Methods and materials

Image filtering, finding centers of atomic columns

All of the raw STEM data are first processed to identify the centers of atomic columns as follows. At each pixel, a subimage is defined, centered at the pixel and encompassing an area roughly equal to the area per atomic column. These subimages are filtered using PCA to remove noise and surface contamination [21, 22]. The subimages are then passed through a 2D correlation [23] with an ideal atomic column (a 2D Gaussian) defined by:

$$r(A,B) = \frac{{\sum_{m} \sum_{n} \left( {A_{mn} - \overline{A} } \right)\left( {B_{mn} \, - \overline{B} } \right)}}{{\sqrt {\left( {\sum_{m} \sum_{n} \left( {A_{mn} - \overline{A} } \right)^{2}} \right) \left( {\sum_{m} \sum_{n} \left( {B_{mn} - \overline{B} } \right)^{2} } \right)} }},$$

where A and B are two 2D matrices of the same size while \(\overline{A}\) and \(\overline{B}\) are their determinants, respectively. This process returns a single normalized intensity. From the filtered image, the centers of atomic columns are then found using a simple intensity threshold followed by density-based clustering [24]. Any clusters that do not meet a minimum size requirement are rejected. The center of mass of each cluster is treated as the center of an atomic column. Further refinement of the positions of the atomic-column centers is performed using nonlinear least-squares curve fitting between the raw data and a 2D Gaussian. The center of the fitted Gaussian is then treated as the refined center of the atomic column.

Finding cycles for each atomic column

A cycle is a path that connects atomic-column centers or “vertices” in such a way that it forms a closed loop to the original vertex. First, all possible cycles are found, after which they are filtered based on the previously described restrictions. To find the cycles associated with an atomic column, one considers only its n nearest points to speed up calculation time. The connections between each vertex and its m nearest neighbors are mapped. Typically, n = 40 columns and m = 10 columns. Then, using the nearest neighbor (or one of the equidistant nearest neighbors) as a starting point, all valid connections are followed to neighboring vertices. This process is repeated until the starting vertex is encountered or no connection can be followed without causing a repeating vertex.

Filtering cycles

Once the cycles are found as described above, they must be filtered to find a single cycle to represent each atomic column. This filtering is done by checking every cycle to see if it meets a series of rules. These rules are that no point may be repeated in the cycle, no connecting line may intersect another connecting line, the cycle must enclose the reference atomic column, the cycle must not enclose any other atomic column, the cycle must have no smaller angle then x degrees (x was set at 45o in the current work), and finally the cycle must be the shortest path connecting the points within a tolerance factor (within 1% of shortest path in the current work) (Fig. 1). Once all of the cycles that do not meet these criteria are removed, the cycles with the largest number of points are selected. From these cycles the one with the largest area is chosen as the cycle to represent an atomic column. The reason the largest cycle is used is for reproducibility. To ensure that we choose the same cycle each time, it must have a unique feature. Since the smallest cycle would always be a triangle and provide little information, the largest cycle is used instead. In cases of crystalline symmetry (i.e., rotationally equivalent cycles), a preferred cycle orientation can be chosen.

Fig. 1
figure1

a Rejected cycle due to cycle lines crossing each other. b Rejected cycle due to an extra atom enclosed in the cycle. c Rejected cycle due to cycle not being the shortest path connecting the points. d Accepted cycle that meets all parameters. e Accepted cycle that meets all parameters. f Accepted cycle that meets all parameters and is also the cycle with the most points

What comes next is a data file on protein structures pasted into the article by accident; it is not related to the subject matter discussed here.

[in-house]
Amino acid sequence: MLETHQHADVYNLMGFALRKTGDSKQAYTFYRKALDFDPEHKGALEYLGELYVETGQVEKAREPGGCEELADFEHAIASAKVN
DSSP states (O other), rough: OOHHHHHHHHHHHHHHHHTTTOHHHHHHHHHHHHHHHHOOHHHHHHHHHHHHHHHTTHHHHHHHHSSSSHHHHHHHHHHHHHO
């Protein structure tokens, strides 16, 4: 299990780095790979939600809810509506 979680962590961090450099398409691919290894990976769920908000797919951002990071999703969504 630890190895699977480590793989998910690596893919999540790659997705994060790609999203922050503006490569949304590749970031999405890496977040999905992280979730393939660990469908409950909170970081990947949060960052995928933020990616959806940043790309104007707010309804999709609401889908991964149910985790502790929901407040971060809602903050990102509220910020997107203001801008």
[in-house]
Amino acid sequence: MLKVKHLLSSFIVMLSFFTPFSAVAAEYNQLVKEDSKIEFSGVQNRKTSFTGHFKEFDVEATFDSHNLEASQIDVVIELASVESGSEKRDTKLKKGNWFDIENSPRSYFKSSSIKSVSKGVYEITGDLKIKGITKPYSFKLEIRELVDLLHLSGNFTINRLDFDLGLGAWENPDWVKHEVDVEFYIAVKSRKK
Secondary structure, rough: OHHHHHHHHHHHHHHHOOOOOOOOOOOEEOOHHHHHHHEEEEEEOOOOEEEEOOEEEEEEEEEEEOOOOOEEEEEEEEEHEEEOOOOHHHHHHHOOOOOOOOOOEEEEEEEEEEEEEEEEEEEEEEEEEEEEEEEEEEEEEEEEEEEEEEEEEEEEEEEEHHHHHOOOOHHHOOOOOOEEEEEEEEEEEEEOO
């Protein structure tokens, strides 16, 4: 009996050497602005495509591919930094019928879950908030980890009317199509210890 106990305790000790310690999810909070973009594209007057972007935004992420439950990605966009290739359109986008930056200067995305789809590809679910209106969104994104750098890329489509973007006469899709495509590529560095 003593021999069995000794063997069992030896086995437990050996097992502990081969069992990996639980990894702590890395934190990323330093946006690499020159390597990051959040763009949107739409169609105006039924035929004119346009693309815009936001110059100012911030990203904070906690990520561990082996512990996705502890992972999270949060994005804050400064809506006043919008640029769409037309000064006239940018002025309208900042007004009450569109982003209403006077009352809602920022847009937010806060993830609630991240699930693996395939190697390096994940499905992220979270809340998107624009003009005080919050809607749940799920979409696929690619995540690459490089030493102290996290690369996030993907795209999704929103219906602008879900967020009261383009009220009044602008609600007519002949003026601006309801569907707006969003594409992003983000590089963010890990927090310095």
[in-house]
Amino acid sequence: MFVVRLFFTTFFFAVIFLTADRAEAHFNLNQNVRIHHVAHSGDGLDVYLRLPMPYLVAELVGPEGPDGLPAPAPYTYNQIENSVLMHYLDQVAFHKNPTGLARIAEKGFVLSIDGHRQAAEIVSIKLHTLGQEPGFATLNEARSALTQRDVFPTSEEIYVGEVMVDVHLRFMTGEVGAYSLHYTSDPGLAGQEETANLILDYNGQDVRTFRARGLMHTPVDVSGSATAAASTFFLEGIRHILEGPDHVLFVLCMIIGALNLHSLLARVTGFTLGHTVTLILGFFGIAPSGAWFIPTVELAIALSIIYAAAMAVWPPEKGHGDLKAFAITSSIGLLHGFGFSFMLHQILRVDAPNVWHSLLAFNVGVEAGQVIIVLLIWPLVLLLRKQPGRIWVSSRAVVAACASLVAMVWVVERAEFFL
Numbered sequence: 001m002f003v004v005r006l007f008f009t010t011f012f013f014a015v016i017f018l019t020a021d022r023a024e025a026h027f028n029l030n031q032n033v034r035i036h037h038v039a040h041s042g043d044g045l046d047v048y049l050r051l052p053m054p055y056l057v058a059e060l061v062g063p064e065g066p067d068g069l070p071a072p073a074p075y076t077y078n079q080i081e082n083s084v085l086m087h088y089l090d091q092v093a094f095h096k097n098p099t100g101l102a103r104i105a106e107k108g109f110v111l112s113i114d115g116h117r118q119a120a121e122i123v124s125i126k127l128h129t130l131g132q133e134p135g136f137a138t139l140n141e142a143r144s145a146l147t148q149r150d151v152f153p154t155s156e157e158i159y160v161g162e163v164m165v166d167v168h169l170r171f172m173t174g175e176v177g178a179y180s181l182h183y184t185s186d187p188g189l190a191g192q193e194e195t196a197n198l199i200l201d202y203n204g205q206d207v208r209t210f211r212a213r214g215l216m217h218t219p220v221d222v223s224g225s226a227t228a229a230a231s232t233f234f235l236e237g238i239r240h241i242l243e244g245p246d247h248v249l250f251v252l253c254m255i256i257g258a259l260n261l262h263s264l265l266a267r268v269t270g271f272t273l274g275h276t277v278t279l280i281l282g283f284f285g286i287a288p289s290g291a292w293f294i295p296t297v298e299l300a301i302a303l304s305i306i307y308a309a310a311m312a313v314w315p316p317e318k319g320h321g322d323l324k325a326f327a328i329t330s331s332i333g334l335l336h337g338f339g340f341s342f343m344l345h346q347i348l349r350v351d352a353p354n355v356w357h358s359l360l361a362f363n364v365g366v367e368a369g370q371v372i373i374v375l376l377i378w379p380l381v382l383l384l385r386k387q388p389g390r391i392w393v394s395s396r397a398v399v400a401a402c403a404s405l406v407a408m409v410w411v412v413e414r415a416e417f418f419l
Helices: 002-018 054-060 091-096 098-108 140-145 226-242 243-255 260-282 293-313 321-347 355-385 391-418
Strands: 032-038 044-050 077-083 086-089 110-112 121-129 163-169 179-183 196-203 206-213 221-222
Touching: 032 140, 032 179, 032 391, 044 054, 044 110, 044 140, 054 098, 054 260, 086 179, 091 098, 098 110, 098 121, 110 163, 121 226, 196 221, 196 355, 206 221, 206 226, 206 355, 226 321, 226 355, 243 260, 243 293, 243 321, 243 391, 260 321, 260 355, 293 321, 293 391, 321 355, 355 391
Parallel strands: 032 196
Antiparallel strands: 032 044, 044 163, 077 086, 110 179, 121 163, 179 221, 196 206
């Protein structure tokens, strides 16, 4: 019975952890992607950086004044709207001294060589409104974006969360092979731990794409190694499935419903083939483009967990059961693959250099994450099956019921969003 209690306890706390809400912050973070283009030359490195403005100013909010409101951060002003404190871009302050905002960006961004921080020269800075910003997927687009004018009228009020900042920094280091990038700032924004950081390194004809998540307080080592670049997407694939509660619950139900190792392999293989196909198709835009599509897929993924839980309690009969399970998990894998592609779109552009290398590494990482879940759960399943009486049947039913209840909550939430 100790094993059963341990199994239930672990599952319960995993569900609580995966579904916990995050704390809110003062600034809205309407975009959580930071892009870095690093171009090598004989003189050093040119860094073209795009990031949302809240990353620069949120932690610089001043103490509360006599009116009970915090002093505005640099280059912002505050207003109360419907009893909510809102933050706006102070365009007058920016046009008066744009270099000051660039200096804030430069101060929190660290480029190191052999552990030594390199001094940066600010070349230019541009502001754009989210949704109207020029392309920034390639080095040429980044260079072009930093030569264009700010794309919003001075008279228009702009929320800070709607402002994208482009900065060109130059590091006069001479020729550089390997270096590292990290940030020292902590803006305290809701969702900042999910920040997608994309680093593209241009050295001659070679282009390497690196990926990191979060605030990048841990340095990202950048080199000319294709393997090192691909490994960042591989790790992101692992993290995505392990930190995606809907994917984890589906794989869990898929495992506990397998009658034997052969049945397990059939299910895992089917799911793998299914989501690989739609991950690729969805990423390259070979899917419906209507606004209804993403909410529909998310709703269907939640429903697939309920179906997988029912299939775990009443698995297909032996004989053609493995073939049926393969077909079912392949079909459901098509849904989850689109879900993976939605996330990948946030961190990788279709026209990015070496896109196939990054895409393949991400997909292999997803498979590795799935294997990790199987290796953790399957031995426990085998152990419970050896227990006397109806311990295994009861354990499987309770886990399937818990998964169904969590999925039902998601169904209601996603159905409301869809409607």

In order to provide a concrete example of defect detection, we demonstrate in Fig. 2 how the above described algorithm finds a vacancy (i.e., more generally, a missing atomic column) for a 2D material with a hexagonal lattice like graphene (Fig. 2a). In Fig. 2b, three different orientations of a seven-sided cycle are shown. This is the optimal cycle based on the algorithm filter in the absence of defects, while the threefold symmetry is a manifestation of the point-group symmetries of the lattice. In the presence of strain, the length of the three bonds may be differentiated. In Fig. 2c, an atom that serves as a second-nearest neighbor to the vacancy site is shown, having a nine-sided cycle as its optimal cycle. In practical implementations, however, restrictions on the atomic-column search distance may cause the original seven-sided cycle to be found instead. In Fig. 2d, a third-nearest neighbor to the vacancy site retains the original seven-sided cycle (though the threefold symmetry is broken). For the atomic columns adjacent to the vacancy site (Fig. 2e), the optimal cycle is an eight-sided cycle. The resulting cycle mapping of the structure is shown in Fig. 2f, highlighting the location of the vacancy. Due to the atomic-column distance search limits, the purple atomic columns may be grouped with the blue atomic columns; there is no loss of detection of the vacancy due to the uniqueness of the directly neighboring sites. The uniqueness of the neighboring sites implies that the method is, in general, well suited to detection of missing columns with high accuracy in identification. Further classification due to variations in the vertex count of cycles is discussed in Section "Clustering cycles into defects using number of points in cycle". 

Fig. 2
figure2

a Subset of a graphene-like structure in a hexagonal lattice (for the present example, the lattice is assumed to continue outside the drawn boundary). b Three rotationally equivalent seven-sided cycles indicating atoms in defect-free regions. Atomic columns inside such cycles are indicated in blue. c Optimal (nine-sided) and restricted (seven-sided) cycles for atomic columns that are second-nearest neighbor to a vacancy (indicated in purple). d Third-nearest neighbor atomic columns retain the original cycle with loss of rotational symmetry. e Atomic columns adjacent to the vacancy site are described by an eight-sided cycle (indicated in orange). f Final cycle-based color coding of the observed atomic columns based on the algorithm